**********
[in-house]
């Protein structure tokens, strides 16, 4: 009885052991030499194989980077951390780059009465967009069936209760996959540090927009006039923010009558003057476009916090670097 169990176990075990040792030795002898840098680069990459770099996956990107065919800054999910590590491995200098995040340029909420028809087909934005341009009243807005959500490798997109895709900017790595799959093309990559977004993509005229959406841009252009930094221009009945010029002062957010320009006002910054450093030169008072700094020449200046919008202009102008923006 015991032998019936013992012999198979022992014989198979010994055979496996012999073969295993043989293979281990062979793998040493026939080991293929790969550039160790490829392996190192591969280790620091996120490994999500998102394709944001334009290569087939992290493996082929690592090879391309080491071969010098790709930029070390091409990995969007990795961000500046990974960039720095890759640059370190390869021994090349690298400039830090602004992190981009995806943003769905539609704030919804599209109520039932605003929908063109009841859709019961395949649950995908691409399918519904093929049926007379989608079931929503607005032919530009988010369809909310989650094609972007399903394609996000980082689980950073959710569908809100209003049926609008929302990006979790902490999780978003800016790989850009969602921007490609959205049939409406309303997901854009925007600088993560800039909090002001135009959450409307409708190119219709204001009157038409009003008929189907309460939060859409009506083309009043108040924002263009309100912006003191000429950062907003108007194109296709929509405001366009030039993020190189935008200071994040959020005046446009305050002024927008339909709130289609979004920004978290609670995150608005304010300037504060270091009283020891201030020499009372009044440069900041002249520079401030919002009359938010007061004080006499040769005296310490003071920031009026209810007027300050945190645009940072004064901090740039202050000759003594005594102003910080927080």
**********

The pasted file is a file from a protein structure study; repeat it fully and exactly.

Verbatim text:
[in-house]
């Protein structure tokens, strides 16, 4: 009885052991030499194989980077951390780059009465967009069936209760996959540090927009006039923010009558003057476009916090670097 169990176990075990040792030795002898840098680069990459770099996956990107065919800054999910590590491995200098995040340029909420028809087909934005341009009243807005959500490798997109895709900017790595799959093309990559977004993509005229959406841009252009930094221009009945010029002062957010320009006002910054450093030169008072700094020449200046919008202009102008923006 015991032998019936013992012999198979022992014989198979010994055979496996012999073969295993043989293979281990062979793998040493026939080991293929790969550039160790490829392996190192591969280790620091996120490994999500998102394709944001334009290569087939992290493996082929690592090879391309080491071969010098790709930029070390091409990995969007990795961000500046990974960039720095890759640059370190390869021994090349690298400039830090602004992190981009995806943003769905539609704030919804599209109520039932605003929908063109009841859709019961395949649950995908691409399918519904093929049926007379989608079931929503607005032919530009988010369809909310989650094609972007399903394609996000980082689980950073959710569908809100209003049926609008929302990006979790902490999780978003800016790989850009969602921007490609959205049939409406309303997901854009925007600088993560800039909090002001135009959450409307409708190119219709204001009157038409009003008929189907309460939060859409009506083309009043108040924002263009309100912006003191000429950062907003108007194109296709929509405001366009030039993020190189935008200071994040959020005046446009305050002024927008339909709130289609979004920004978290609670995150608005304010300037504060270091009283020891201030020499009372009044440069900041002249520079401030919002009359938010007061004080006499040769005296310490003071920031009026209810007027300050945190645009940072004064901090740039202050000759003594005594102003910080927080």